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Ask the Expert Question-and-Answer Archive
(Hard Chrome Plating)

by Larry Zitko, ChromeTech, Inc.
March, 2002

Hard Chromium-Molybdenum Plating

Q. In a nutshell, can you tell me if there is any difference between decorative chrome plating vs. hard? I heard someone call decorative chrome plating, "black chrome plating." Is there such a thing?

A. You actually referred to three different plating processes.

1) The terms Hard Chromium Plating, Industrial Chrome Plating, Engineering Chrome Plating and Functional Chrome Plating generally refer to the process of electrodepositing a thick layer (0.2 mils to 30 mils or more) of chromium. Usually, the coating is applied directly to ferrous substrates, like steel, although it can also be applied to non-ferrous substrates. The thick chrome is almost always deposited from a hexavalent chromium plating bath. The chromium deposit is usually selected to take advantage of its desirable properties:

  • Hardness
  • Wearability
  • Corrosion resistance
  • Lubricity
  • Low coefficient of friction

You can find all kinds of parts that are hard chrome plated. Some of them are:

  • Hydraulic rods and cylinders
  • Aircraft jet engine components
  • Diesel cylinder liners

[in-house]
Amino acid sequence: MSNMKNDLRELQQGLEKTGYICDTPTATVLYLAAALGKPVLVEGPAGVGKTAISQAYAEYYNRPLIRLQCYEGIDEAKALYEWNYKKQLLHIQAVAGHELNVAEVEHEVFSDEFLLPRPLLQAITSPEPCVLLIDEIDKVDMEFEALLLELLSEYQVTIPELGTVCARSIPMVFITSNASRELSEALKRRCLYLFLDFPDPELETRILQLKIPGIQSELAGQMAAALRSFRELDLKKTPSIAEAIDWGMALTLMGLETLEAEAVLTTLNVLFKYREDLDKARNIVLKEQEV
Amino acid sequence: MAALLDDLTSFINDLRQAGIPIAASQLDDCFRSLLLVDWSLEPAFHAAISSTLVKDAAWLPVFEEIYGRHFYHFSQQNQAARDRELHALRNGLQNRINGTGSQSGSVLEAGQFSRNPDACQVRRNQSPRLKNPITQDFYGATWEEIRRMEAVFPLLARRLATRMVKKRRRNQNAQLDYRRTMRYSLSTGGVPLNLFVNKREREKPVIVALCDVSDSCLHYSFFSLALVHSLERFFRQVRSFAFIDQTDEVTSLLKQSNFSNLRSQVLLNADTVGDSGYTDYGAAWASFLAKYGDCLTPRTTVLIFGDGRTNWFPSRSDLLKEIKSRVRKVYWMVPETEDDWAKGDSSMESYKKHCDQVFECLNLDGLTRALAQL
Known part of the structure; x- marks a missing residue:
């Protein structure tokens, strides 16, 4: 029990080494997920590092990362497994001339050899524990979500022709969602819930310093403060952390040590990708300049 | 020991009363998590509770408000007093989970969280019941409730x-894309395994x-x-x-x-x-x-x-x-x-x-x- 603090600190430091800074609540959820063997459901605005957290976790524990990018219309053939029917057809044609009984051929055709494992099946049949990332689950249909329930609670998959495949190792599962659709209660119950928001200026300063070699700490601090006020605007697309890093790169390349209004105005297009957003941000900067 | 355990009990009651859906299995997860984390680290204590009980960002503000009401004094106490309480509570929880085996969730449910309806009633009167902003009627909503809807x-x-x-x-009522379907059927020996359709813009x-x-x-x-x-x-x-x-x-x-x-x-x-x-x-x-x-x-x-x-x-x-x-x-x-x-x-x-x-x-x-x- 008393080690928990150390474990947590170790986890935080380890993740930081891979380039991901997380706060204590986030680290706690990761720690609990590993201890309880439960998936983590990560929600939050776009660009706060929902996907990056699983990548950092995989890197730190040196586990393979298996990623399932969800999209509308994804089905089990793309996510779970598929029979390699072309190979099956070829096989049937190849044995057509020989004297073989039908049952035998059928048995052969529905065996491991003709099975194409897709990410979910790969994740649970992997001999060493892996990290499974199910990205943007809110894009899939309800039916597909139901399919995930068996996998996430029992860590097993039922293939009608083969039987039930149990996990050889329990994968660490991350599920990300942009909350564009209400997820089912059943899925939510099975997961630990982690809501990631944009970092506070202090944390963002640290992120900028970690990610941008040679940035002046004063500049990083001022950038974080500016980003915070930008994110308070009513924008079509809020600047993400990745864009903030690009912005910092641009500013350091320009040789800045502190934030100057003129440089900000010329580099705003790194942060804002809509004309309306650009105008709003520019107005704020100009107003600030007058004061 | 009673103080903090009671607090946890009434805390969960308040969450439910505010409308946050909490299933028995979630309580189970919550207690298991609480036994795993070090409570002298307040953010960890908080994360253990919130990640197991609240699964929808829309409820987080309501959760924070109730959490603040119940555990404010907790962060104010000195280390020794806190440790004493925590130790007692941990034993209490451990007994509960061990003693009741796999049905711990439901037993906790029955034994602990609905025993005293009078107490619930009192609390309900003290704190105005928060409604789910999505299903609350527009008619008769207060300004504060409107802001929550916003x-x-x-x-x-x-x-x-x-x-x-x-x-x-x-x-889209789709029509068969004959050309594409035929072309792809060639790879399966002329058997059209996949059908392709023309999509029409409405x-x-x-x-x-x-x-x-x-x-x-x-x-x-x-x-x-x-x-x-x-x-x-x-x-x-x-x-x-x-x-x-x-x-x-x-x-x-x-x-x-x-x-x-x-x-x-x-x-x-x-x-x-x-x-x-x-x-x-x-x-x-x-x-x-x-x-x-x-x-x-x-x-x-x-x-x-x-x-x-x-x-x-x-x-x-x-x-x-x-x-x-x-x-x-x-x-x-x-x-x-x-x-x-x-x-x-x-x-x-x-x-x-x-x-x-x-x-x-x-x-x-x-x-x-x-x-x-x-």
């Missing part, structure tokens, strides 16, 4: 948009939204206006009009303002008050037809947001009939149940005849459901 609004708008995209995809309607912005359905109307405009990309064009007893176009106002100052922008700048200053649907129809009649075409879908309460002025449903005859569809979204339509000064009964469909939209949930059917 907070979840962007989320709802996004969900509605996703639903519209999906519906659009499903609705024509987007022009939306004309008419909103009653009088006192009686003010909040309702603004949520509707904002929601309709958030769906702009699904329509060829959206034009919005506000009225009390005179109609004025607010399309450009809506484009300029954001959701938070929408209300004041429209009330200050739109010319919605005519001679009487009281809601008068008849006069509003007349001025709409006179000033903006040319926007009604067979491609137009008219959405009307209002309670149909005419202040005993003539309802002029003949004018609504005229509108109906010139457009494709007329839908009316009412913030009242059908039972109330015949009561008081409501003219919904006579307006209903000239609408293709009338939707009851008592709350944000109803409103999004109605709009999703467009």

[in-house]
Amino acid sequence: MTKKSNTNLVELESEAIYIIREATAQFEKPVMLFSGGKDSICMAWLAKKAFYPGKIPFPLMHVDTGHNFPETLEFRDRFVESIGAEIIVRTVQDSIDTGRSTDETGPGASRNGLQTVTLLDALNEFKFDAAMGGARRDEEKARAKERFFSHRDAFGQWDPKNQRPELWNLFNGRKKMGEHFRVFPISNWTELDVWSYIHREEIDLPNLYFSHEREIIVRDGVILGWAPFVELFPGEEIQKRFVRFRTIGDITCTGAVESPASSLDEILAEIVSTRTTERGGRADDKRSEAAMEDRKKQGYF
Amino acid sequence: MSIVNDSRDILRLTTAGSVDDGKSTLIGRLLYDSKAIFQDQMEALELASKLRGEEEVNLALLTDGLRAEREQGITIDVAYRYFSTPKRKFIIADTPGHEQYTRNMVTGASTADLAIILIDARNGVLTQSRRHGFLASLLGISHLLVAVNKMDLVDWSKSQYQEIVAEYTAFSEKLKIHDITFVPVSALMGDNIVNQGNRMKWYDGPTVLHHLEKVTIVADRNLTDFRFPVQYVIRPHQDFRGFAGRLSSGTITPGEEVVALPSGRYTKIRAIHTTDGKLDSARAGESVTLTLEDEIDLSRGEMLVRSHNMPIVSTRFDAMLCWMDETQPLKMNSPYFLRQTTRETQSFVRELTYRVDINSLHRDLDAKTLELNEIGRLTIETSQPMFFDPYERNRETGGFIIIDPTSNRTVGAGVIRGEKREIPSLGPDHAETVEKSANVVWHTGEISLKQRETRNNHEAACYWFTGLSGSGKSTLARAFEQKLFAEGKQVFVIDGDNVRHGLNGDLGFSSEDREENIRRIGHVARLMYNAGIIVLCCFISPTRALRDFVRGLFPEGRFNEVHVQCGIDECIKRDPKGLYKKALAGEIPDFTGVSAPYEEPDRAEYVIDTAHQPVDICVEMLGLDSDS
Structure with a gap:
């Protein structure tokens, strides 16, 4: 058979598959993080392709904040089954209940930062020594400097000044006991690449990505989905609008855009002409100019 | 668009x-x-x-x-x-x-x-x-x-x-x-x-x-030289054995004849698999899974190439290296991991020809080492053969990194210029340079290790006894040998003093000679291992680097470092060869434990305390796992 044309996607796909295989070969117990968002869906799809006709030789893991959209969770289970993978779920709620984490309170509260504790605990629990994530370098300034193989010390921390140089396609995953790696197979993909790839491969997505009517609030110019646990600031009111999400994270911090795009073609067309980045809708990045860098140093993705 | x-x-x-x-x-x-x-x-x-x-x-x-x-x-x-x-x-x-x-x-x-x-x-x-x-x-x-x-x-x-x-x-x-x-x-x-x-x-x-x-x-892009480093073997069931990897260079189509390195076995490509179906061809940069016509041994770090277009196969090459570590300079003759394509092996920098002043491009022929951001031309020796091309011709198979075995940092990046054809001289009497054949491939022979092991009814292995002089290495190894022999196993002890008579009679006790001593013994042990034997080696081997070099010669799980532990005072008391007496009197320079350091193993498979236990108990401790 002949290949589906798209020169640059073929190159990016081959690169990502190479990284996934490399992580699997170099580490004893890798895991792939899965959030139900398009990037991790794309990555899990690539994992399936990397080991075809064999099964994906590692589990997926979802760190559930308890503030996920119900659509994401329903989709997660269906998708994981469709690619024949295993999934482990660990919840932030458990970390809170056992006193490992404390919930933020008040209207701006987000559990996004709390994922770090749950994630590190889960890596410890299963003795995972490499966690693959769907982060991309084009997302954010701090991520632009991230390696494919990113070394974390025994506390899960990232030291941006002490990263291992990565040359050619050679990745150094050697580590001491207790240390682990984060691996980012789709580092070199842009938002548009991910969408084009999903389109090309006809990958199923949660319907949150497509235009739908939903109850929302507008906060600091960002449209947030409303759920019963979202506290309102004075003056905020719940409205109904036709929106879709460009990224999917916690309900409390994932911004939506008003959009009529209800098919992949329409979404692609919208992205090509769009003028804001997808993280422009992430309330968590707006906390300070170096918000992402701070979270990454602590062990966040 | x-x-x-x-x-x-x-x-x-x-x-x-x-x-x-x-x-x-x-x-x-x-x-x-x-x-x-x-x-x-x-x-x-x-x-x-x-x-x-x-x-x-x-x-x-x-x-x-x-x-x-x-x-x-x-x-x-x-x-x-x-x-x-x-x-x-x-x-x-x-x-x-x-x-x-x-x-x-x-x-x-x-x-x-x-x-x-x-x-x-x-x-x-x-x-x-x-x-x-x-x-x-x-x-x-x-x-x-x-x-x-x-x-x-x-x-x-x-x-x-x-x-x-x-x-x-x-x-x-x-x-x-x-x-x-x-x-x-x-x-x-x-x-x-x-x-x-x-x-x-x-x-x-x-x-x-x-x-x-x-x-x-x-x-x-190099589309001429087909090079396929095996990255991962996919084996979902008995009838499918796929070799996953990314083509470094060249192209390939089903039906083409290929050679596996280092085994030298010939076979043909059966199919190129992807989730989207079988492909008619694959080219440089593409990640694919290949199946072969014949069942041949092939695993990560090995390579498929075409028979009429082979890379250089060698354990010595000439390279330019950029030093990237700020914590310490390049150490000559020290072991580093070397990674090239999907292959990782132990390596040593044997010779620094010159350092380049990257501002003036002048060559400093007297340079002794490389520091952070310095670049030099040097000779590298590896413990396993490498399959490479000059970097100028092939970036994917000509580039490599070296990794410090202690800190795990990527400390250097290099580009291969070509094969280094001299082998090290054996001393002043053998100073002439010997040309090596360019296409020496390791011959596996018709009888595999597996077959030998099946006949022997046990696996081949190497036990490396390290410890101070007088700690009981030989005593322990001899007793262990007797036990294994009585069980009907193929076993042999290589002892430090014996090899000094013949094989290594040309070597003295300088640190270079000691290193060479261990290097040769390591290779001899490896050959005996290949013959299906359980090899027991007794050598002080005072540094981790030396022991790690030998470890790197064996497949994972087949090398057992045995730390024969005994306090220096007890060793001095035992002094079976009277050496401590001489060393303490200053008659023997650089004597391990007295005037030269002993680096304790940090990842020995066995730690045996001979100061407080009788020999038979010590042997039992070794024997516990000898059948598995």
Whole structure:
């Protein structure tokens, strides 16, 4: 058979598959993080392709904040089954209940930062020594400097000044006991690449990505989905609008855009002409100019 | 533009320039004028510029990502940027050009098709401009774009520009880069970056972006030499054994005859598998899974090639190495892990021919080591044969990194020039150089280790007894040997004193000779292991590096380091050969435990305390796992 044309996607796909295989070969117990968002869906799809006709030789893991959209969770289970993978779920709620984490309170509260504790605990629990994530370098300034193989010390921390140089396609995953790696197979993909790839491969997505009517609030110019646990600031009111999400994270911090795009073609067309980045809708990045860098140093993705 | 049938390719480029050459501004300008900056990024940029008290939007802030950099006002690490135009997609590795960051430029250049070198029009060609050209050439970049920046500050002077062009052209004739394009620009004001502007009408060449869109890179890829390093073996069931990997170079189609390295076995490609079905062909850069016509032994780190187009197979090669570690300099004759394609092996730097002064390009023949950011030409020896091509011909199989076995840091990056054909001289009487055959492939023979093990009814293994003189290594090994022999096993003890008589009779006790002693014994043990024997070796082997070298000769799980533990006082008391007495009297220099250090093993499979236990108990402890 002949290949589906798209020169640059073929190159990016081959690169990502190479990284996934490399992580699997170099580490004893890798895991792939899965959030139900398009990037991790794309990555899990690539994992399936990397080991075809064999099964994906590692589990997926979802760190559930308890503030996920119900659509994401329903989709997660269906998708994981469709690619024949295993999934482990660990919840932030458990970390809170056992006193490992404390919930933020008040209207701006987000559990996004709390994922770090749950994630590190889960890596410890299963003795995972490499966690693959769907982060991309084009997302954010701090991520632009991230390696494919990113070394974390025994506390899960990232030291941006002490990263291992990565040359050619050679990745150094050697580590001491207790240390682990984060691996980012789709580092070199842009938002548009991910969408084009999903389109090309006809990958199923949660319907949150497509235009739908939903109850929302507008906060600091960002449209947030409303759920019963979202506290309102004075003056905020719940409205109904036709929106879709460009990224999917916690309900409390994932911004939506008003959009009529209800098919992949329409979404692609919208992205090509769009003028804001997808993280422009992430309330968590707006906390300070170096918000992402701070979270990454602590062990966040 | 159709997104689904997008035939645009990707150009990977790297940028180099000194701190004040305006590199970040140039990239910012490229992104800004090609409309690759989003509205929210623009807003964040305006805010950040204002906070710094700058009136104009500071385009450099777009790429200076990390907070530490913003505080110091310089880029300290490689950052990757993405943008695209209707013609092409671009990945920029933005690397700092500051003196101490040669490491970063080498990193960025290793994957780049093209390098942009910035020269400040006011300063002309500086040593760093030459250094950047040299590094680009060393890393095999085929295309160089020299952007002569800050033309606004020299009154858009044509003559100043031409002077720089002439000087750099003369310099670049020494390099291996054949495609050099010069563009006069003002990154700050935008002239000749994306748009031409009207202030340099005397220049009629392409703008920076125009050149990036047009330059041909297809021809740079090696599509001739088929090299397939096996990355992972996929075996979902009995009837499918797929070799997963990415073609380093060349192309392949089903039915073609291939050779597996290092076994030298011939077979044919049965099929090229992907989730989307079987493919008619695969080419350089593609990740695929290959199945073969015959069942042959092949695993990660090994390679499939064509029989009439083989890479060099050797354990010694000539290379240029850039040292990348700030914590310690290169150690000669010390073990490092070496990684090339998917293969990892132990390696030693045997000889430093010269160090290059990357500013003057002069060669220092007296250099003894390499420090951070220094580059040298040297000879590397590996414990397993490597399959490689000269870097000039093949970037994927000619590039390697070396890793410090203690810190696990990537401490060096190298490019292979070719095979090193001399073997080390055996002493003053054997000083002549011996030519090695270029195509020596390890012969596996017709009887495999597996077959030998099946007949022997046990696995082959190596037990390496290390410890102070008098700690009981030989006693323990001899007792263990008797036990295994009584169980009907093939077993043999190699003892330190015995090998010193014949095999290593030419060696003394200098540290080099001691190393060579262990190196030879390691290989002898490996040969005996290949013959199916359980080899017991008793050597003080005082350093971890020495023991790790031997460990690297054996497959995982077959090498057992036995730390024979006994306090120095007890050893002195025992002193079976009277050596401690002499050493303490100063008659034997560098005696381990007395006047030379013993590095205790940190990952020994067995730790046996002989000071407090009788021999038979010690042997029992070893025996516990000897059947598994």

• Pneumatic struts for automobile hatchbacks
  • Shock absorbers
  • Aircraft landing gear
  • Railroad wheel bearings and couplers
  • Tool and die parts
  • Molds for the plastic and rubber industry

2) The terms Decorative Chromium Plating and Bright Chrome Plating generally refer to a different process, whereby a thin layer (sometimes 50 millionths of an inch) of chromium is deposited for appearance or non-tarnishing purposes. It is usually deposited over a layer of nickel, or copper + nickel. I'm sure you are familiar with the kinds of parts that are bright chrome plated:

  • Car and truck bumpers
  • Zinc die-cast emblems (remember the "Chevy/GMC K5 Blazer"?)
  • Motorcycle parts
  • Kitchen appliances

There has been a strong movement away from hexavalent decorative chromium baths, to the newer trivalent chromium baths. The trivalent form of chromium is considered to be less toxic.

3) Black Chromium is a specialty chromium coating, which has a black color instead of the usual silver color. It is often used in solar applications, where it enjoys a high solar absorbance and low thermal emittance. It may also be specified for aesthetic reasons.

I hope this information has been helpful.



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